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Exclusive: VBI Vaccines CEO Talks Pipeline, Investor Backing, Hep. B Vaccine Opportunity

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Exclusive: VBI Vaccines CEO Talks Pipeline, Investor Backing, Hep. B Vaccine Opportunity
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Meet VBI Vaccines, The Biotech Up 100% In 2017

VBI Vaccines Inc. - Ordinary Shares (NASDAQ: VBIV) has emerged as one of the best performing small-cap biotech plays of the year, with shares of the Cambridge, Massachusetts-based company quietly jumping over 75 percent year-to-date.

With several new vaccines in the pipeline, analysts believe there could be more room for growth.

The company is focused on both developing vaccines to combat infectious diseases and immuno-oncology, an area that has seen some of the most interest in the biotech field given recent hematology advances. The vaccine industry has seen considerable growth over the last decade, growing over 400 percent between 2005 and 2015 to $41 billion. The industry is expected to reach $48 billion by 2021.

A key catalyst for continued growth of the company rests on its SCi-B-Vac Hepatitis B vaccine receiving approved in the United States and in key European markets.

Sci-B-Vac, which initially came to company from a merger with SCI VAC Therapeutics, Inc., is already approved in Israel and in 14 other countries but has been delayed in crucial markets due to a lack of capital resources to invest in clinical and regulatory strategies. Now that the vaccine is part of VBI’s portfolio, analysts believe it will be able to streamline the process in Europe and in the United States.

The vaccine, which was initially developed in Israel with public money, has received positive feedback from both the European Medical Agency Scientific Advice regarding the vaccine in its phase 3 study and from Canada’s initial valuation of its phase 3 study. The company is currently seeking FDA evaluation and approval of its phase 3 study.

“We are expecting approval for the initiation to begin enrollment in phase 3 clinical trial, in the US, Europe, and Canada. The thought or hope conservatively is that we can finish this trial by 2018 and 2019, and get on the market in these high commercial opportunity markets by 2020,” VBI Vaccines CEO Jeff Baxter said in an exclusive interview with Benzinga.

Hepatitis B And VBI Vaccines

The market potential of an approval stands in the $560 million range. The Sci-B-Vac has already demonstrated safety and efficacy in over 300,000 patients, according to the company. With over 240 million people infected with the disease every year according to the World Health Organization, the opportunity for the company could be huge. Currently, the disease plagues 850,000–2.2 million individuals in the U.S.

While there are other companies developing similar drugs to combat this deadly disease, Sci-B-Vac currently expresses more hepatitis B antigens than any other vaccine currently available. The current vaccine for HBV has shown to be highly effective in young and healthy patients; it has proved to be not nearly as effective for elderly patients and those with significant ancillary health issues. VBI’s latest vaccine looks to combat these issues by eliciting a more protective response from at-risk patients.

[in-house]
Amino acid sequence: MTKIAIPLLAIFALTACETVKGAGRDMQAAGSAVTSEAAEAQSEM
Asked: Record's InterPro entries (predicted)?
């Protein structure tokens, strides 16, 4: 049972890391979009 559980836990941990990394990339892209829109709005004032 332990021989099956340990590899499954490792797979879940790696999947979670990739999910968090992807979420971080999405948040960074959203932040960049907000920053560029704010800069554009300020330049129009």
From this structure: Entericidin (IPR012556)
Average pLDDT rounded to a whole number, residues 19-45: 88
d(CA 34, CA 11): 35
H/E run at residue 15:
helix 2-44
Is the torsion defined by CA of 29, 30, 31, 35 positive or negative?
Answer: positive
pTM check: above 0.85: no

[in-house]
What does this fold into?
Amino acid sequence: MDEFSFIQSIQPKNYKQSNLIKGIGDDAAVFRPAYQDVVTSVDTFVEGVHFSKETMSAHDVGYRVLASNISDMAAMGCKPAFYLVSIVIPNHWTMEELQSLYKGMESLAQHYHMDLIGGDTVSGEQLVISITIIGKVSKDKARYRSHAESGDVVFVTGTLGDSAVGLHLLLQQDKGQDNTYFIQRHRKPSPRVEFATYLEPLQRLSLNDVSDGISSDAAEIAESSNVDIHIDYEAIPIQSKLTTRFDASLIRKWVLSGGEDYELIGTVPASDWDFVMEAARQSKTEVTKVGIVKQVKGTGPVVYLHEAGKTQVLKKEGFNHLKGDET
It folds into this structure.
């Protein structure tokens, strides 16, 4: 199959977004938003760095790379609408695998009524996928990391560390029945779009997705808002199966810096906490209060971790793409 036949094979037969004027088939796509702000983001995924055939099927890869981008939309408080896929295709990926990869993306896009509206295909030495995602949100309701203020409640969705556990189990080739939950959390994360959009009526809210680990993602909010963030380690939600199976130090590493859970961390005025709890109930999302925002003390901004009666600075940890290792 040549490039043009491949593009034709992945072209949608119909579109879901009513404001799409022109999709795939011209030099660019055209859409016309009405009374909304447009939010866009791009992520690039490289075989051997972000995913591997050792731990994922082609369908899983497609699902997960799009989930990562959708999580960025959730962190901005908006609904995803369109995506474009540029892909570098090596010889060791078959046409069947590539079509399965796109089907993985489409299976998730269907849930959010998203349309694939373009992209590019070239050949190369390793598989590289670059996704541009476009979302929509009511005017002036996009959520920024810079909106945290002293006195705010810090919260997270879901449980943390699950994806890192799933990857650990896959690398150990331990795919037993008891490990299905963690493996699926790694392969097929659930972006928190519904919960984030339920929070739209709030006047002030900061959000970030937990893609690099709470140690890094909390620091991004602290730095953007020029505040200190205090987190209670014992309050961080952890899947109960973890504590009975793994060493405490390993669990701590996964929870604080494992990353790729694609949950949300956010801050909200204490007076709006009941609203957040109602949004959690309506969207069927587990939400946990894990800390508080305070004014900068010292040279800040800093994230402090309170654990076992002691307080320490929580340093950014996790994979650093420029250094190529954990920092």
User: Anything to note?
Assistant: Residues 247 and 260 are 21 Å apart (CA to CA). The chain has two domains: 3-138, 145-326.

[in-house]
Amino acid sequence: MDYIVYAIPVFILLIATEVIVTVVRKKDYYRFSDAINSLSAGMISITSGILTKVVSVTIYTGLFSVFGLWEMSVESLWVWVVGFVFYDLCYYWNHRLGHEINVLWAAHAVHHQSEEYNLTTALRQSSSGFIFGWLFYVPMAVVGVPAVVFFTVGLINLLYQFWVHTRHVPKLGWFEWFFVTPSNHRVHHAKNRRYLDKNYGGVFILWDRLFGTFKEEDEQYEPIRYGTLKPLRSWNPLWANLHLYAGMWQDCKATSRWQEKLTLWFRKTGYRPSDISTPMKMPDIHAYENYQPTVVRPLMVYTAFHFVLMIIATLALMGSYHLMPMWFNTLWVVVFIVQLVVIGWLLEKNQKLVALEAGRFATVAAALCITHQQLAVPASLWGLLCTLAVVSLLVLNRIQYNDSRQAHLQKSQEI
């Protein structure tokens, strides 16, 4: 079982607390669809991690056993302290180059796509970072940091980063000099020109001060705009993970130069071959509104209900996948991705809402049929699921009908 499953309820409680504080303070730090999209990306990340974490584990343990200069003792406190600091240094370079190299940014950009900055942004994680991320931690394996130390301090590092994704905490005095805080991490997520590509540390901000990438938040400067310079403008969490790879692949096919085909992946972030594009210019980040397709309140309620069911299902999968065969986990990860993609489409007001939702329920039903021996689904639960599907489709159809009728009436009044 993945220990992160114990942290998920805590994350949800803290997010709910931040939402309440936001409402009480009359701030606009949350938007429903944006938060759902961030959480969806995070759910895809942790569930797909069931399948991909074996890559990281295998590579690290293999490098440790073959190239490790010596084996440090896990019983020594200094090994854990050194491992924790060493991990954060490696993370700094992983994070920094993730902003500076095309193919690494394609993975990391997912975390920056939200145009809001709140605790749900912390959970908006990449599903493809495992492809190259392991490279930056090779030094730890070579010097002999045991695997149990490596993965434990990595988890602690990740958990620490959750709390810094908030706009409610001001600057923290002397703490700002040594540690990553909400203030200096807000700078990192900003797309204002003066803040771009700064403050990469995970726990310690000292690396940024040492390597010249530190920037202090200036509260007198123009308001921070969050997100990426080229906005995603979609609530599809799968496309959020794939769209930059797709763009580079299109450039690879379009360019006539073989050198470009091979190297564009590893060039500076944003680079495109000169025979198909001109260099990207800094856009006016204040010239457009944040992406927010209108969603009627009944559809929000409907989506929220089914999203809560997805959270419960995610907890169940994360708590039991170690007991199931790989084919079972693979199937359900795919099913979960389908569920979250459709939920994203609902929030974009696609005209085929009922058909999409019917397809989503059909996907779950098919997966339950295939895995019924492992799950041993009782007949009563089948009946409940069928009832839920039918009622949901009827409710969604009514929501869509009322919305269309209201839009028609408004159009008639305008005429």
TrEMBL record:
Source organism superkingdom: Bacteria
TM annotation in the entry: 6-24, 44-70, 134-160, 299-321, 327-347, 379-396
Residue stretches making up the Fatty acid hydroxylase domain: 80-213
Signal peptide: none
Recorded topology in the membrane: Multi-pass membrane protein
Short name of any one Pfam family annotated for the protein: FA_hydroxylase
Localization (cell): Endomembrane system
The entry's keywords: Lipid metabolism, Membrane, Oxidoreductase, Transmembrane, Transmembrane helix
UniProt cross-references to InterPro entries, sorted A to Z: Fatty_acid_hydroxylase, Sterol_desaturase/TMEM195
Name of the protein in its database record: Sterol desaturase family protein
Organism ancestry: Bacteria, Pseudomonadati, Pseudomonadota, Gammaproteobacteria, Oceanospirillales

The company also boasts some notable backers, making VBI a difficult company to ignore moving forward despite a lack of coverage.

“The vaccine market has grown tremendously over the past five years. We have built a portfolio of very exciting assets, and over the last few years, we have gained a very strong suite of institutional investors, who have backed us. Although we still don’t have a very big retail following, we have become very appealing for the specialist investor,” Baxter said.

“When you compare us to our peers that have much more volume and liquidity and the comparability of our assets, perhaps you would think our stock would be 400 million–500 million if not higher, our stocks run has been a consequence of high institutional shareholders and the limited amount shares in the market.”

The Cold Chain

As vaccine coverage continues to expand worldwide, a new issue regarding distribution has emerged: the Cold Chain. Vaccines generally require very specific storage requirements, generally in the range of 0–4 degrees Celsius. As the need for vaccines grows worldwide, the storage of vaccines in this specific temperature range makes for costly distribution challenges in the developing world.

VBI Vaccines has looked to tackle this issue, after spending the past five years compiling data that suggests it has been able to break the cold chain and remove the need for vaccines to be stored and transported at these low-temperature ranges. It's being done through a technology called LPV Thermostability Platform.

While the process has not yet been made public, it appears that VBI is moving this process along and could eventually be involved in removing the necessity for refrigeration or freezing vaccines, removing the need for a cold chain and saving pharmaceutical companies between 20 and 80 percent in the process.

“If these deals produce what both companies hope they will — a vaccine that can be removed from the cold chain — it’s going to open the floodgates for a host of expanded big names to secure exclusive rights to VBI’s technology in various vaccine applications,” wrote James Peters of Small Cap Exclusive.

Although vaccines are generally difficult to receive approval, when they do, the market potential can be substantial. With several new exciting developments in VBI Vaccines pipeline, the company appears to have scratched the surface of its potential and remains a company to watch in the sector.

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